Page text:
Charles Bath has used a distinctive approach to distinguish himself since taking the helm of Diamond Hill Large Cap DHLAX in late 2002. Bath runs a relatively focused portfolio of 30 to 50 names and readily builds big sector weights as he pursues larger caps that are trading at discounts to his estimates of their fair values and have high barriers to entry as well as solid growth rates. He's also a patient investor, who moves at a measured pace and isn't afraid to add to names he still believes in on weakness. Indeed, he took advantage of last summer's downturn in the energy sector to beef up his already-sizable stake in Devon Energy DVN. Bath's taste for concentration and willingness to overlook short-term issues does cause problems from time to time. The fund, in fact, finished in the large-value category's bottom quartile in 2006 primarily due to its energy names. But he has executed his discipline quite well overall, as Diamond Hill Large Cap's top decile three- and five-year returns attest. The success that Bath has had as a comanager at Diamond Hill Long-Short DIAMX and during a long tenure at a former charge is further evidence of his abilities.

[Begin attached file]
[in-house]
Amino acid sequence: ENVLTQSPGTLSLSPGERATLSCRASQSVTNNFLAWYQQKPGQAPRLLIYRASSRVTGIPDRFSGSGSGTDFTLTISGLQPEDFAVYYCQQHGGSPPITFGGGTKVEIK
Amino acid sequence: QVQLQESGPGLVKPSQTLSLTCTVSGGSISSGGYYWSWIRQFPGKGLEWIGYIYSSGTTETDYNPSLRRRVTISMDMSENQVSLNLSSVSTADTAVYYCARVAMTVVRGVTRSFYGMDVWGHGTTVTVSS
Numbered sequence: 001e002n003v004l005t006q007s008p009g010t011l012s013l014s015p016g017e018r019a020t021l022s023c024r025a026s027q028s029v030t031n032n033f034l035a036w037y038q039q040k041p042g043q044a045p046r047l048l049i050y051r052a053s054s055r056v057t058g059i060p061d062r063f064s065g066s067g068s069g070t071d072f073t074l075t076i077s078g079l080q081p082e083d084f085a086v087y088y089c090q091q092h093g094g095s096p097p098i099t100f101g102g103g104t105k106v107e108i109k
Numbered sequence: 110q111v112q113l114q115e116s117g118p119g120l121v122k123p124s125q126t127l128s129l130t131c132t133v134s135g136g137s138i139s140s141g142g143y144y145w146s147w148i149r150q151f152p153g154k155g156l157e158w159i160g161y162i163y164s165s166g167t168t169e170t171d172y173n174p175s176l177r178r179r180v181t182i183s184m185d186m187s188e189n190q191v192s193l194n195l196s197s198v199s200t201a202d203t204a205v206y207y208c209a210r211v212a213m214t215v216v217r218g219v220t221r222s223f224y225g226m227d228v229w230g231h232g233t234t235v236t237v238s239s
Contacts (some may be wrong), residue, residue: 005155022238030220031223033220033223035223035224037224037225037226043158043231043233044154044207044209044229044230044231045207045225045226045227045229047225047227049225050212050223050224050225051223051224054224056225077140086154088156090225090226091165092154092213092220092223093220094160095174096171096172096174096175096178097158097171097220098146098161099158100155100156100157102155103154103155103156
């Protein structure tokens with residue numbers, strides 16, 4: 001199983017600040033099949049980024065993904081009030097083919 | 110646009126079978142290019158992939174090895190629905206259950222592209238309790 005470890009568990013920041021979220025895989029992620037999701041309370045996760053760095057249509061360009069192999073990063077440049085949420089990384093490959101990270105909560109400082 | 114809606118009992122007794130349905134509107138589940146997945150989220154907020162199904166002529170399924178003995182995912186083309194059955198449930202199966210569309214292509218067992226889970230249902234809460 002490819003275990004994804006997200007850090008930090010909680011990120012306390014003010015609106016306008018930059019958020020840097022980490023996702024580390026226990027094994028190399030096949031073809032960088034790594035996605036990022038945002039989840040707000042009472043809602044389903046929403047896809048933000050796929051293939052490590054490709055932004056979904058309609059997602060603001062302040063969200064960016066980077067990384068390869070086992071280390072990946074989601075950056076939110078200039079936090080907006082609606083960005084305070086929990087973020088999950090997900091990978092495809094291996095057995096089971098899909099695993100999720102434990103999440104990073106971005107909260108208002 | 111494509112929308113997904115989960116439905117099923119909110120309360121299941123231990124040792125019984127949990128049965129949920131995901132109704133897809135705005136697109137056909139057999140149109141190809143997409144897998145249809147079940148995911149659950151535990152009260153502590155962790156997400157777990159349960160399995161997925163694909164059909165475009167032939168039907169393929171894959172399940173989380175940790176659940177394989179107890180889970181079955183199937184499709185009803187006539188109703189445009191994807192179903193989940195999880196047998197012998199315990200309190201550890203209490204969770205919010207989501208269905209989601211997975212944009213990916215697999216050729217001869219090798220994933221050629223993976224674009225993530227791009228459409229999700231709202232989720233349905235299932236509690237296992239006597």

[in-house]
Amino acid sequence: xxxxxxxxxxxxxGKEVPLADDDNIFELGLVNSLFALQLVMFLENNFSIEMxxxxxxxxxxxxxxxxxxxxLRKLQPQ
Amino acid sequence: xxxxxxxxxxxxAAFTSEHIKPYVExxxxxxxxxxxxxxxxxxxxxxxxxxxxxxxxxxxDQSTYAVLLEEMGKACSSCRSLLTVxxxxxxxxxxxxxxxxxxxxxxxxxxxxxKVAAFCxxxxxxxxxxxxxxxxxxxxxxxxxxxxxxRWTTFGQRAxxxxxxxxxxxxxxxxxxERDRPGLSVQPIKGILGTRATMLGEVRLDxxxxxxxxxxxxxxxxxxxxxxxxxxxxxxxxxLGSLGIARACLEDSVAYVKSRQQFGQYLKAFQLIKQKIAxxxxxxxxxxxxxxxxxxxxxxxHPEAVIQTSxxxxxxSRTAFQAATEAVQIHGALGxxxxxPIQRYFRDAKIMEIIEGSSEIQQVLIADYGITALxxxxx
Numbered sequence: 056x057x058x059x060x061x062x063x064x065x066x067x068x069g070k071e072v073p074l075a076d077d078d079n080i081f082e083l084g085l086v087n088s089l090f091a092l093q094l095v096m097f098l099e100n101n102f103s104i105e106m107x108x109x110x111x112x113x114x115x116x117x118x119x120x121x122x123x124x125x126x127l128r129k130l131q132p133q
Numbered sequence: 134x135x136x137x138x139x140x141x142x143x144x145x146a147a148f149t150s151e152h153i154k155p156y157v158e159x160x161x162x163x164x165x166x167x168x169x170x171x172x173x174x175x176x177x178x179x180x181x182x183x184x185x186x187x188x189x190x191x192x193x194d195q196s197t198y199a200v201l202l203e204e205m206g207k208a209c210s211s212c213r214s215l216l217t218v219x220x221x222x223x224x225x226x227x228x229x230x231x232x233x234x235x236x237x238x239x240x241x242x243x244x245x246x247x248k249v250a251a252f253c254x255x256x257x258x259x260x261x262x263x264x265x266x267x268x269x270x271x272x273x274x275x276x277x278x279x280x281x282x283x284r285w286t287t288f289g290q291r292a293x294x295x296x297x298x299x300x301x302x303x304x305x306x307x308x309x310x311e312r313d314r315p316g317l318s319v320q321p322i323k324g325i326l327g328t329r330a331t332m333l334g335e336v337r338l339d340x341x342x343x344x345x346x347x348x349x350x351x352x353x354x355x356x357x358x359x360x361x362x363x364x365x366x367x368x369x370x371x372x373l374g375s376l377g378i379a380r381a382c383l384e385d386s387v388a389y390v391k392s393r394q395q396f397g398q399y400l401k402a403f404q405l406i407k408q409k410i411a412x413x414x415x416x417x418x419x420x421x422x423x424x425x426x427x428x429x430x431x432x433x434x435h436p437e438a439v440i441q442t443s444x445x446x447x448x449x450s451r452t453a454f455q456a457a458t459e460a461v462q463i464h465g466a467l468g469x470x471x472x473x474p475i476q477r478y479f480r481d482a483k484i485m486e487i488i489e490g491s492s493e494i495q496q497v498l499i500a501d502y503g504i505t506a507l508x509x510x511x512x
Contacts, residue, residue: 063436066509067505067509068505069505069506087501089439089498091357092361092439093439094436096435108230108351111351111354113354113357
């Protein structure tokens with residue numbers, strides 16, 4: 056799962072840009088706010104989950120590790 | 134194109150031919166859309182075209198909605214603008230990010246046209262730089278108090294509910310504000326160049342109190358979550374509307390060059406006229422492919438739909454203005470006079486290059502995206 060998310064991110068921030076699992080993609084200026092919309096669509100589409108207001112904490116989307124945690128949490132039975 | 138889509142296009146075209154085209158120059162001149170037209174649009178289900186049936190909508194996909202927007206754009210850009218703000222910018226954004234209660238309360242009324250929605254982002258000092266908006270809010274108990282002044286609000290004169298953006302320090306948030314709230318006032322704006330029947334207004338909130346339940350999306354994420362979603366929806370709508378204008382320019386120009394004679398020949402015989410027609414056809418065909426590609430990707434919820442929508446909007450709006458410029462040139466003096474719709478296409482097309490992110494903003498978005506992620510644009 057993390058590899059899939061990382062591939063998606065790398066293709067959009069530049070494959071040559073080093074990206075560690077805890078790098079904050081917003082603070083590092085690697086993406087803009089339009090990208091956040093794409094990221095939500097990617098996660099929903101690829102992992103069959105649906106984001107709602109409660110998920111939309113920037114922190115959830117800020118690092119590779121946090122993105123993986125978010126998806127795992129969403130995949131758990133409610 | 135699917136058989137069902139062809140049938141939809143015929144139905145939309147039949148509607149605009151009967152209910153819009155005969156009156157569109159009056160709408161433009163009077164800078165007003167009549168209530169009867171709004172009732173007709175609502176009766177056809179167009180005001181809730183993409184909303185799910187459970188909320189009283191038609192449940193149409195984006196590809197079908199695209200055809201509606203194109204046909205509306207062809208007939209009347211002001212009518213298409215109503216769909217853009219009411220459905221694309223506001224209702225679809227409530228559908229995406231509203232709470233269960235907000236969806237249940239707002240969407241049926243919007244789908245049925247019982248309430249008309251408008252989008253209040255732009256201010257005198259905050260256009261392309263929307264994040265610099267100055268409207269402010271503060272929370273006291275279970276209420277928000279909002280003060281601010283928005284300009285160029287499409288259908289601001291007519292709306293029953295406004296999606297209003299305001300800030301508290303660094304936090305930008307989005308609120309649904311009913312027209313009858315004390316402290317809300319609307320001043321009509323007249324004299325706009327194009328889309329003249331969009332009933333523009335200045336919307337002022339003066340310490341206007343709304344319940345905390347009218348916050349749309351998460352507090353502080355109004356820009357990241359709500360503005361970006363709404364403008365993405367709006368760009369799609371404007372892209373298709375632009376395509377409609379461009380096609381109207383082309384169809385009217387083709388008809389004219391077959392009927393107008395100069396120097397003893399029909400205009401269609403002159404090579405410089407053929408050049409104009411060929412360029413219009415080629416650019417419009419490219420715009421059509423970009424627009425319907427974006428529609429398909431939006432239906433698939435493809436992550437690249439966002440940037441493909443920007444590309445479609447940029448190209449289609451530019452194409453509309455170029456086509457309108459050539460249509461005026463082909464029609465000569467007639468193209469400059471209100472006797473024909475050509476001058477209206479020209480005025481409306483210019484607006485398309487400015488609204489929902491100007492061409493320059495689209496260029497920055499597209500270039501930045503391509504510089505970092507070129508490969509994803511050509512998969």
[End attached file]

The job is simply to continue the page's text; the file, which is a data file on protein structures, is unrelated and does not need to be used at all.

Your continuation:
Diane Jaffee has certainly demonstrated her mettle at TCW Dividend Focused TGDFX. She has been part of the management team since 1995 and lead manager since 2001 at the oldest share class of the fund, and that share class has handily outpaced the typical large-value offering over the trailing three-, five-, and 10-year periods. She has accomplished this feat by focusing on dividend-paying companies that are attractively priced on a variety of valuation metrics and are poised for improvement. And while she does run a somewhat concentrated portfolio of roughly 50 to 60 names, which courts issue-specific risk, she also makes fuller use of the sector spectrum than many value managers, and the fund has had fairly average volatility for a large-value offering overall. Moreover, Jaffee has also produced strong results at TCW Diversified Value TGDVX, which is only half the size of TCW Dividend Focused.PAGEBREAK